Maduro seeks to control the Venezuelan people in an attempt to cling to power through Chinese methods and technology.
China helped Nicolás Maduro’s regime develop the Fatherland Card technological platform, as well as the database containing the confidential data of this national smart-ID card. The goal is to control access to food and build a system to supervise people’s social, political, and economic behavior.
“This is the latest expression of an initiative that dates back to 2004, which could be seen as the progressive refining of a tool for government control of Venezuelan citizens’ lives,” a sociology professor at the Central University of Venezuela, told Diálogo. “The Fatherland Card is the electronic key to a social and political surveillance system for the current government.”
According to the professor, in February 2017, Venezuela and China signed 22 strategic agreements for more than $2 billion, which included the development of the national card. Venezuela’s national telecommunications company CANTV teamed up with Chinese telecom giant ZTE to build the ID cards. “China is the country that makes the most progress in social and political surveillance systems,” he said.
ZTE developed the smart cards issued as part of China’s social credit system, which punishes citizens who don’t conform to the official doctrine. ZTE also provides services to other governments, such as Iran and North Korea, including systems to intercept citizens’ communications, indicated the Organization of American States (OAS) in its March 2019 Preliminary Report on the Crisis of Venezuelan Migrants and Refugees in the Region.
The OAS report states that imposing the Fatherland Card to Venezuelans is a key factor behind their exodus. The use of methods to exercise social control and limit individual freedom is a common characteristic of authoritarian regimes.
“There is increasing concern in the United States and different areas at the international level about the Chinese government’s role in generating intelligence and information through technology,” Yadira Gálvez, a scholar at the National Autonomous University of Mexico, told Diálogo. “Chinese companies, private in theory, are linked to or subsidized by the Chinese government. They seek to help their government increase its influence in other regions.”
Clinging to power
Maduro introduced the Fatherland Card in December 2016. The card was initially meant to ration and distribute food the government sold, but in reality serves as a tool to carry out political persecution and segregation. The ID card use so-called Quick Response, or QR codes, to record activities of those who benefit from social programs created during the Hugo Chávez presidency, the Venezuelan government told the press. More than 18 million Venezuelans have the ID credential, which can be scanned with a smartphone.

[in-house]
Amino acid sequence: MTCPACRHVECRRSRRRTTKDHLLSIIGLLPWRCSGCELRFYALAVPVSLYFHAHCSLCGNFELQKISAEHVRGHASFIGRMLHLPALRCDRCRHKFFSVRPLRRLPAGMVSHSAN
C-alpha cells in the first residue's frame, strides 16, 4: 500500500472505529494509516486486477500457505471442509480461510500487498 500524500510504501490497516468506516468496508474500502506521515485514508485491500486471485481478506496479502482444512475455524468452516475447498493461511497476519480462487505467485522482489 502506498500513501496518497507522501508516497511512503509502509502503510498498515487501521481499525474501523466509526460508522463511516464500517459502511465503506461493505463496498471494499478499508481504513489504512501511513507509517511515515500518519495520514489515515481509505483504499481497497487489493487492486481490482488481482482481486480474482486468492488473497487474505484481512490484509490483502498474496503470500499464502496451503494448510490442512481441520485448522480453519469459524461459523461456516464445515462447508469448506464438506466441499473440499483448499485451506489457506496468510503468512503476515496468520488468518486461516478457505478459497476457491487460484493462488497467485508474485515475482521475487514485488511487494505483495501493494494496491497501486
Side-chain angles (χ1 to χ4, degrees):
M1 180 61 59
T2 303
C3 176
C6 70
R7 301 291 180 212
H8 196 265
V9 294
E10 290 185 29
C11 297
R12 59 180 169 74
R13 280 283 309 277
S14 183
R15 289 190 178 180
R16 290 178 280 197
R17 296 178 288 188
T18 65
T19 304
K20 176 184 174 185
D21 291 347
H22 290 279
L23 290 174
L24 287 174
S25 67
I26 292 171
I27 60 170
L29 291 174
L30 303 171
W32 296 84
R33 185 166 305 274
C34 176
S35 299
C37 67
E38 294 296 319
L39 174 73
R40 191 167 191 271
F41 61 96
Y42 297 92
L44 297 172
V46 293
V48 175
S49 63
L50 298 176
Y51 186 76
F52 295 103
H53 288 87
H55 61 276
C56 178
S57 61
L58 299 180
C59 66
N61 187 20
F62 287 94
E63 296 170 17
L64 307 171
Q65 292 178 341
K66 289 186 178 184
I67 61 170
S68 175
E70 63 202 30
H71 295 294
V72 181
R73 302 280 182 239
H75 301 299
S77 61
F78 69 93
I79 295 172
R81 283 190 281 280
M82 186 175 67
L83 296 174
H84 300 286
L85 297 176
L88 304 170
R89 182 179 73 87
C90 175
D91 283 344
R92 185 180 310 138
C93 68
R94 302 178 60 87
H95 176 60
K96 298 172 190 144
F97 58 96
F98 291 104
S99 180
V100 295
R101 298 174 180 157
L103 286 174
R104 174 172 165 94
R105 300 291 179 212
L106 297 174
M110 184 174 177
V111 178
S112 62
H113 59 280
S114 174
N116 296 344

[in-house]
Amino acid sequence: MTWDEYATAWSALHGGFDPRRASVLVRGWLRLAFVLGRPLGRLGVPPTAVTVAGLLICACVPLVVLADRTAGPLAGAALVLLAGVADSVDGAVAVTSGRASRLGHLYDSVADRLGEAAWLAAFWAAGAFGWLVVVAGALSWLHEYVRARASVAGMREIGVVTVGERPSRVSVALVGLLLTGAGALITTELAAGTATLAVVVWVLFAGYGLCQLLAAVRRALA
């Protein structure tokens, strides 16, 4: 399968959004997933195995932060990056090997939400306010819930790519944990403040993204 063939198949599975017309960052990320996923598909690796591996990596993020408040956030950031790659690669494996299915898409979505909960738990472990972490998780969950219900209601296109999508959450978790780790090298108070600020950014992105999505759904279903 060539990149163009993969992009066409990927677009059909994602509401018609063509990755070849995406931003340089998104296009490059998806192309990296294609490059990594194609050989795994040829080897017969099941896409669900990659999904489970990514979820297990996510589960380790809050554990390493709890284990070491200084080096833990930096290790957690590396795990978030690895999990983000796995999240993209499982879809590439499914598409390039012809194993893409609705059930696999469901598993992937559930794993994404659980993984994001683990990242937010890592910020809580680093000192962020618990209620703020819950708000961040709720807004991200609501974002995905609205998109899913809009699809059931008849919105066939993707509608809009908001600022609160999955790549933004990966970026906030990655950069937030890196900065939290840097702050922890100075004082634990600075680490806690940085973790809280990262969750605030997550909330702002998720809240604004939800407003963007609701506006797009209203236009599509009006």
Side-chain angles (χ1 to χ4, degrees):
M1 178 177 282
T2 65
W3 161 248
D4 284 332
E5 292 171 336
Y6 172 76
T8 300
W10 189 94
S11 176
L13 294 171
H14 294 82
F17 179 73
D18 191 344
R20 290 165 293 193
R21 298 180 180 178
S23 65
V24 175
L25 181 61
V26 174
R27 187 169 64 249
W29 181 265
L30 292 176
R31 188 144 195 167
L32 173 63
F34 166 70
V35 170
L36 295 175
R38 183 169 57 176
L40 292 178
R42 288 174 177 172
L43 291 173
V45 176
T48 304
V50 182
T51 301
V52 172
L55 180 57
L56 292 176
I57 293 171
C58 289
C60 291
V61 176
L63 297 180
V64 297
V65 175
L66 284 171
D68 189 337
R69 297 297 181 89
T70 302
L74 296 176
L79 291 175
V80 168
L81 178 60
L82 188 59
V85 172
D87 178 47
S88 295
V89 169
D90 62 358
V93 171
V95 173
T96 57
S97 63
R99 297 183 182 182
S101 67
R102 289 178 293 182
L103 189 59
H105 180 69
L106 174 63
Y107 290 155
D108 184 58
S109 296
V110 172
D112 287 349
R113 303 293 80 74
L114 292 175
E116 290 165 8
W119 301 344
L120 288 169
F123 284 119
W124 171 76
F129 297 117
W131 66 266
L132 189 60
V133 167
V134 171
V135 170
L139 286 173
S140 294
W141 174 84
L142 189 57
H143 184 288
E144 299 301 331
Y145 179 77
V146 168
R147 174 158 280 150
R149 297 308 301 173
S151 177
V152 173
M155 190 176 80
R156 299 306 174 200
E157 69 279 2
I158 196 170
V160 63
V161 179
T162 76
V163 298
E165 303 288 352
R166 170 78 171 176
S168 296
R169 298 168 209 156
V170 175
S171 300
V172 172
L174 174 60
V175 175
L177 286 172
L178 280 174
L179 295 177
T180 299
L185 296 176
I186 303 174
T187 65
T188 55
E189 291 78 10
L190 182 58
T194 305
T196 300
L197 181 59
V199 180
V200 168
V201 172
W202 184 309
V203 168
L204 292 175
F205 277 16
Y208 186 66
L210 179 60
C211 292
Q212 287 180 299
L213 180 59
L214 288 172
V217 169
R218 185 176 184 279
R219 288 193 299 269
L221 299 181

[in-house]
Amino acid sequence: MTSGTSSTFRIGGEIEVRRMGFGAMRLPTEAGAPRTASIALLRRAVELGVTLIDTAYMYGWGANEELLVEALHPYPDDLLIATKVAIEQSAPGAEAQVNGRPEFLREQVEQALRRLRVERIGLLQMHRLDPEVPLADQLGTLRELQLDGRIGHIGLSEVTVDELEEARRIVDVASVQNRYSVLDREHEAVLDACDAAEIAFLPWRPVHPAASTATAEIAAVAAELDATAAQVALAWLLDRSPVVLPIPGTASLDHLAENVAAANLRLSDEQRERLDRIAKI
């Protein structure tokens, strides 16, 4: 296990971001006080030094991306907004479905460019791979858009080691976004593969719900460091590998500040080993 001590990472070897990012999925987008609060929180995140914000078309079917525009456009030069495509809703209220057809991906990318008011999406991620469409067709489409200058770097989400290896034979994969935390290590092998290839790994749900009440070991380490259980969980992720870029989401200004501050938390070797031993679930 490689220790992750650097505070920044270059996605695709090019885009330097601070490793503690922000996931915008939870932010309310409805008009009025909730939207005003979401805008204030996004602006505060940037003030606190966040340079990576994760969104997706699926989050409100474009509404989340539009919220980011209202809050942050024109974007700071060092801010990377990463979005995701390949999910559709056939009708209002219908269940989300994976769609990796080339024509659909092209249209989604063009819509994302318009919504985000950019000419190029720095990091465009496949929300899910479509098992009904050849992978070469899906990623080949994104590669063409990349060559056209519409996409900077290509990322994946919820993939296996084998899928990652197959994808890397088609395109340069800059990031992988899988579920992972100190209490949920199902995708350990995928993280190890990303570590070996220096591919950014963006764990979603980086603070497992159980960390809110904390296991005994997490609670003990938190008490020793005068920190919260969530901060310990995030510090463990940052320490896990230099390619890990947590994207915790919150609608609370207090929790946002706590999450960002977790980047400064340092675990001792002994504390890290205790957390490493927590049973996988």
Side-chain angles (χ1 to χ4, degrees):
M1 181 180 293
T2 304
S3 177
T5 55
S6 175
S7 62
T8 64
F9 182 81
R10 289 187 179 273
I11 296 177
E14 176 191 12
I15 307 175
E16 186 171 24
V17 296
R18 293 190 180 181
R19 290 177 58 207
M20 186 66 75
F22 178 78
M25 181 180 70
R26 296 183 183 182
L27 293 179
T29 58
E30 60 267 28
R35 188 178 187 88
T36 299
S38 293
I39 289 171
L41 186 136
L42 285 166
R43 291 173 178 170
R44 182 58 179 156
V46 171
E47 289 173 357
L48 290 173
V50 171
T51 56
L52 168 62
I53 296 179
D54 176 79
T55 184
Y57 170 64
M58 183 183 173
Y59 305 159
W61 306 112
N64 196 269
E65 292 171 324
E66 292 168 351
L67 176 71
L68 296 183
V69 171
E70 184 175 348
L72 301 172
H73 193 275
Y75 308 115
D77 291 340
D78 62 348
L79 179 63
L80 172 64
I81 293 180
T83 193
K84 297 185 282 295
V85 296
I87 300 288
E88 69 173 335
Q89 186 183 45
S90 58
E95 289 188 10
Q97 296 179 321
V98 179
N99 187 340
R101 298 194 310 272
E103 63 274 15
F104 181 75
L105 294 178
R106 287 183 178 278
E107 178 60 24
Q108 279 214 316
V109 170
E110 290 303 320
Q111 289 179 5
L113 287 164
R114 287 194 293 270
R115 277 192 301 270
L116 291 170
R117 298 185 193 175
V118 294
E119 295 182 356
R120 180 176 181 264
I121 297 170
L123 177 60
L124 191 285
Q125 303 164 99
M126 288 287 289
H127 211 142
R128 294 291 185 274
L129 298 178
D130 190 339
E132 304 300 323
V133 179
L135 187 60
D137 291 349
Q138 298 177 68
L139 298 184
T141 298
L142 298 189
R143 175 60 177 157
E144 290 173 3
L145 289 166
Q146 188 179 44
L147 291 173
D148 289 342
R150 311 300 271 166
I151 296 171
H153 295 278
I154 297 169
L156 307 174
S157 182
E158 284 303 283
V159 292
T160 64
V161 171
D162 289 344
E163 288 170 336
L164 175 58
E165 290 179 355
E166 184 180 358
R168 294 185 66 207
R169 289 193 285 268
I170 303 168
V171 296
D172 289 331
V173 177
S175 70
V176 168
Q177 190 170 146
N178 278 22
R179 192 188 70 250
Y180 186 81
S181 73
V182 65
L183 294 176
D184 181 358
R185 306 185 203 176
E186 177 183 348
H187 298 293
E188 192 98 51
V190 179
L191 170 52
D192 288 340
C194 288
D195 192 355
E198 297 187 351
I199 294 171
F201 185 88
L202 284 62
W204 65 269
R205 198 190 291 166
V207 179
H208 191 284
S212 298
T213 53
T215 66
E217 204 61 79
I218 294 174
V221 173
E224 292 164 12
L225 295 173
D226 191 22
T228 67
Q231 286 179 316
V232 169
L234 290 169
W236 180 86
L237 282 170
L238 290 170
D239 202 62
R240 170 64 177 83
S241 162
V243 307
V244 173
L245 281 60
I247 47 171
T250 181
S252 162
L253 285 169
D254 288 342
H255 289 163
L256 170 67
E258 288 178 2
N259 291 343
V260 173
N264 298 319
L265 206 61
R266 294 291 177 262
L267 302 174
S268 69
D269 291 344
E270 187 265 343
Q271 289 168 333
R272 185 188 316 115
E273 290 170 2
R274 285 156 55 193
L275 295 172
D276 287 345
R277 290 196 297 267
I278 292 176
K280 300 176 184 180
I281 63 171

“Although all countries should have databases containing information about their citizens, China’s support for Maduro’s regime with all the Chinese expertise in espionage, is alarming,” Gálvez said. “Maduro could use this tool to guarantee [the population’s] support for his project and use the database to define communication campaigns and shape attitudes.”
According to the 2017 report, The Revolutionary Apartheid, from nongovernmental organization Transparencia Venezolana, the card violates the rights of Venezuelans, such as the right to food and health. The card, the report indicates, is required to access public services, enroll in schools, and carry out administrative formalities, from records procedures to withdrawing cash at a public bank.
“This tool wasn’t designed to make social welfare universal. It’s designed for social control from this type of government [Venezuela and China] to ensure their continued stay in power,” said Gálvez. “This is a system for control and surveillance developed on Venezuelan soil with Chinese technology, so that Maduro’s government can keep its interests and benefits in the dark,” the professor added.
In recent years, Venezuela used different tools to control the population, such as the Tascón List (blacklist), used to discriminate against public officials fired for supporting the recall referendum against Chávez. Another tool, the Good Living Card, was used to obtain basic goods. The so-called Safe Supply Card enabled people to buy products in all government sales networks.
“We don’t know who is in charge of the Fatherland Card’s database, nor the economic resources allocated, which promotes a lack of transparency and, as such, an important source of corruption,” said the professor. “During the 2018 presidential elections, the card was used to request government benefits [with] the fear to be threatened.”
Chinese laws do not abide by international privacy rules established in the United Nations’ International Covenant on Civil and Political Rights. Surveillance systems that rely on equipment manufactured in China could present opportunities for Chinese intelligence operations or provide a powerful tool for authoritarian governments to maintain total control over their citizens. In the case of Venezuela, Chinese control is already a reality.